November 8, 2012
At Outbrain, we have been myopically focused on one very big mission: helping people discover great, interesting content. Over the last six years, as we’ve built our business on this mission, we’ve had to constantly scrutinize and reassess the frequently blurry lines between what constitutes “interesting content” and what doesn’t meet that standard. After all, what is interesting to some people in one context may not be interesting to different people in another, and we want to make sure we can serve as wide an audience as possible without diluting the experience of the majority.
Throughout all the conversations we’ve had internally about how to draw this line, one principle consistently reemerges that helps guide us: if users click a link we’ve presented, is it likely to increase their trust in Outbrain and our publishers content offerings or likely to decrease that trust? If there are signals that user trust is being degraded, that content is not a fit for the Outbrain service.
We’ve recently updated our editorial guidelines to clarify and enforce this high standard of content quality across all our buyers. Content that is primarily focused on selling consumers, or moving them towards vague continuity programs without adding real informational, educational or entertainment value, does not meet these guidelines.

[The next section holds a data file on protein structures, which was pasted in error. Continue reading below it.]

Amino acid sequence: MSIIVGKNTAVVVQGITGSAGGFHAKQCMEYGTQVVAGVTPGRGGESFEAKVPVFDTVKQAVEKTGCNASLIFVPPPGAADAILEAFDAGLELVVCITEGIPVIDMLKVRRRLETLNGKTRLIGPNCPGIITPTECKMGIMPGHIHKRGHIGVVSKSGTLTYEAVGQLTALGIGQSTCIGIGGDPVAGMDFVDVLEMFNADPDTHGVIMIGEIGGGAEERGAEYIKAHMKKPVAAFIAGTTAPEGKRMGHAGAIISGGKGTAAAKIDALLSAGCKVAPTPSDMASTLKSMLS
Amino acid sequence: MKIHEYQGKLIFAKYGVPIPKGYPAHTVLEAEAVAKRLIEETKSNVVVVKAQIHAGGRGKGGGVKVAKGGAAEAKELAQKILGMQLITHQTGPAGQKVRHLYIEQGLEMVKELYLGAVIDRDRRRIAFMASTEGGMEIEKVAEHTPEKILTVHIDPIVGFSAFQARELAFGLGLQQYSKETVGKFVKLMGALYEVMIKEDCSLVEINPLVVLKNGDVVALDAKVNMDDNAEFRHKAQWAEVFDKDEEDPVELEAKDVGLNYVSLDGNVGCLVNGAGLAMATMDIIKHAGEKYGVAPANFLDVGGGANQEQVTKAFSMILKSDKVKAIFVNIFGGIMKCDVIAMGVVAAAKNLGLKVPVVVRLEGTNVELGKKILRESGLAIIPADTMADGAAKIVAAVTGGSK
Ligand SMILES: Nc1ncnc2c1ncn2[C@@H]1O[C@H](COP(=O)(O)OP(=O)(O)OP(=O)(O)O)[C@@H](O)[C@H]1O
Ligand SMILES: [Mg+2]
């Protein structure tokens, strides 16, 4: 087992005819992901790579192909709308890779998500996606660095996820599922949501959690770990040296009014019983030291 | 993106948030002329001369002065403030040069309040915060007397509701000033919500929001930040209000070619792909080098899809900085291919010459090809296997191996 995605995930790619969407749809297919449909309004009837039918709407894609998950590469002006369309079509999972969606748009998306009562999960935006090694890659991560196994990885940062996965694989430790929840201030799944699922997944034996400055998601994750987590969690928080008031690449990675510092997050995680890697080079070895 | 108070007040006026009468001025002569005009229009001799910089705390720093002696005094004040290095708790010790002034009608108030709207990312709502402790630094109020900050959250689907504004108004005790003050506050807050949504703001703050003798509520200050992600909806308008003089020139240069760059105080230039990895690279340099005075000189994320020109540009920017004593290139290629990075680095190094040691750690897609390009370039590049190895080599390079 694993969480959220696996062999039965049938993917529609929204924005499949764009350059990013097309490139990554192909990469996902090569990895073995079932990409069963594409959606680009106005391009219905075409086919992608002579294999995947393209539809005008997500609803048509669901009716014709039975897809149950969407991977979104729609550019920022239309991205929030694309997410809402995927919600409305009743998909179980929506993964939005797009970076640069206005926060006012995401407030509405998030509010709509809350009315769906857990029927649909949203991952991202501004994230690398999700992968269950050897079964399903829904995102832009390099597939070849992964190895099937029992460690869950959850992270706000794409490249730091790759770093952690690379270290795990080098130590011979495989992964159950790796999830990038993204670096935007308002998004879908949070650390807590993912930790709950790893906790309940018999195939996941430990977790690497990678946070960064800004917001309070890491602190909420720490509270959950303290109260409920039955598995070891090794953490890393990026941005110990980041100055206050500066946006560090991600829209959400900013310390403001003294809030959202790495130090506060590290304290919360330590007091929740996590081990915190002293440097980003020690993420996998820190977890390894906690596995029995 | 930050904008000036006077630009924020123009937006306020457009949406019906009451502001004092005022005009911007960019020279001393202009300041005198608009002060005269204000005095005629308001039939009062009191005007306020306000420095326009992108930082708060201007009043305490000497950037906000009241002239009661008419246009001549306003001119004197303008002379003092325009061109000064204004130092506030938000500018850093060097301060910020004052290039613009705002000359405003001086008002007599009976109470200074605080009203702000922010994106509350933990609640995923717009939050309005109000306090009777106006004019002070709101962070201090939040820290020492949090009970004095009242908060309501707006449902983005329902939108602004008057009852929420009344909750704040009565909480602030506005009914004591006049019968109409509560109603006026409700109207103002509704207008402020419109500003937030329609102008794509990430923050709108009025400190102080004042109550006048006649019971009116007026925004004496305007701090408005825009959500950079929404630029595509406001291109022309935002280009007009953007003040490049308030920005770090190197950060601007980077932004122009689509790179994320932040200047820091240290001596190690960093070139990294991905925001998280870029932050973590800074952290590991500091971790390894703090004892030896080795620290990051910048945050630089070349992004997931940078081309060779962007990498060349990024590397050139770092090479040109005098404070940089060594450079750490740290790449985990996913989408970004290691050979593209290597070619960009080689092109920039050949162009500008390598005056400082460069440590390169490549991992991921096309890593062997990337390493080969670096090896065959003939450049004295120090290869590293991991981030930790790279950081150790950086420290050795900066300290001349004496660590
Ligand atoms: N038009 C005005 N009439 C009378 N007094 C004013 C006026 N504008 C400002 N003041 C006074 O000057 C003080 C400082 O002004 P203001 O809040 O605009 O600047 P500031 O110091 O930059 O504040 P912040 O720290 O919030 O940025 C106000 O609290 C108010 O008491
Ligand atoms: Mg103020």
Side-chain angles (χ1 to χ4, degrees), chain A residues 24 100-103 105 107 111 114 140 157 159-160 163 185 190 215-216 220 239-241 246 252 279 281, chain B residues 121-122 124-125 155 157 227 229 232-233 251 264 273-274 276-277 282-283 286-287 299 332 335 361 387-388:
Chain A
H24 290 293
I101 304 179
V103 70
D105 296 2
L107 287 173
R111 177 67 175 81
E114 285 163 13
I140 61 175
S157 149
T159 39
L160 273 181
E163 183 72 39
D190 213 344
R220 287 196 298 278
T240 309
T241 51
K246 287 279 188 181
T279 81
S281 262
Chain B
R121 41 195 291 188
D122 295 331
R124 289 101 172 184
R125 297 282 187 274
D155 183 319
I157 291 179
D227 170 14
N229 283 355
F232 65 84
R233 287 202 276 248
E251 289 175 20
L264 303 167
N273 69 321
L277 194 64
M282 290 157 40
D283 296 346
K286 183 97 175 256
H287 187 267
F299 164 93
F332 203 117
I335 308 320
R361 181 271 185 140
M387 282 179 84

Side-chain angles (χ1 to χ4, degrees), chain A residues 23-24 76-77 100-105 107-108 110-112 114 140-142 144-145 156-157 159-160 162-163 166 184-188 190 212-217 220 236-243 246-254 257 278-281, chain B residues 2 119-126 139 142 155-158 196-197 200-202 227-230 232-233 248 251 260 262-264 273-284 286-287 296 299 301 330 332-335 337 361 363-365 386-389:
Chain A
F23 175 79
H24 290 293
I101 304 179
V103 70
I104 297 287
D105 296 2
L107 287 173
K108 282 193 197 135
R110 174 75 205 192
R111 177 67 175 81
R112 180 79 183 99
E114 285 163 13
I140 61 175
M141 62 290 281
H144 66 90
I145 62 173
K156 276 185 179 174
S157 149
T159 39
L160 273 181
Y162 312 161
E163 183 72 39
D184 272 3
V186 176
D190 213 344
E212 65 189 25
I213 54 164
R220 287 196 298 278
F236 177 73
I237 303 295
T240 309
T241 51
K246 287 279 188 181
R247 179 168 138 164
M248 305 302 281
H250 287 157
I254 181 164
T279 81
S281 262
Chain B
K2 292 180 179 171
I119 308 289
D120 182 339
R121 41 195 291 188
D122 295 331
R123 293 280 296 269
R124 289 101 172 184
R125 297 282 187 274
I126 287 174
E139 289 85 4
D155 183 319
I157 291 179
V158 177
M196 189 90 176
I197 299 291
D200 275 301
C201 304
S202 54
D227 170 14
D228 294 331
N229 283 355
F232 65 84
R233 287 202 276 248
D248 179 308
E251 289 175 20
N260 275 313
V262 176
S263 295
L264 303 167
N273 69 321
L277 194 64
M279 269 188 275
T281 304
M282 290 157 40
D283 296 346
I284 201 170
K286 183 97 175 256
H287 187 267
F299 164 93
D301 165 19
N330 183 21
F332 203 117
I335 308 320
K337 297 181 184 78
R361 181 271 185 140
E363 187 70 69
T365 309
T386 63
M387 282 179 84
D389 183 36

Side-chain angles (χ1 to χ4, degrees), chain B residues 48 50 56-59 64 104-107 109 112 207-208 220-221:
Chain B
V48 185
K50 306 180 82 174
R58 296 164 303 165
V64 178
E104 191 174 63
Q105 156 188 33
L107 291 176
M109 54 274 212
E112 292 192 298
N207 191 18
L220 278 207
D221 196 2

Any existing content like this in our network is currently being pushed out, and we are not accepting new customers whose content breaches these standards. In fact, we reject over half of the applicants we get to our Amplify product purely on the grounds of content quality. Additionally, we have made (and continue to make) algorithmic adjustments that measure user trust in order to reward content that truly engages people who see it, and in order to reduce—and at times eliminate—content that doesn’t.
For both us and our publisher partners, staying true to this high standard of content quality also makes good business sense. While many ad networks and similar services can produce short term revenue spikes by serving up offers disguised as content, the long term effect is lost credibility with the audience and contamination of the area of the page where such units appear. Once the seal of user trust is broken, people will not come back, resulting in declining engagement, and with it, lower revenue.
Display advertising as a whole has suffered from this phenomenon, where years of low quality advertisements have eroded user trust and driven click-through rates and monetization to the floor.
So while the current update we are making to our editorial guidelines does come with a real short-term cost to us, we think it is the right thing to do and we are proud to be doing it. At the end of the day, our first priority is always to ensure our service works best for the individuals who see and click on our recommendations. If we continue doing right by real people, the long term opportunity for us, our partners and our industry will continue to grow and flourish.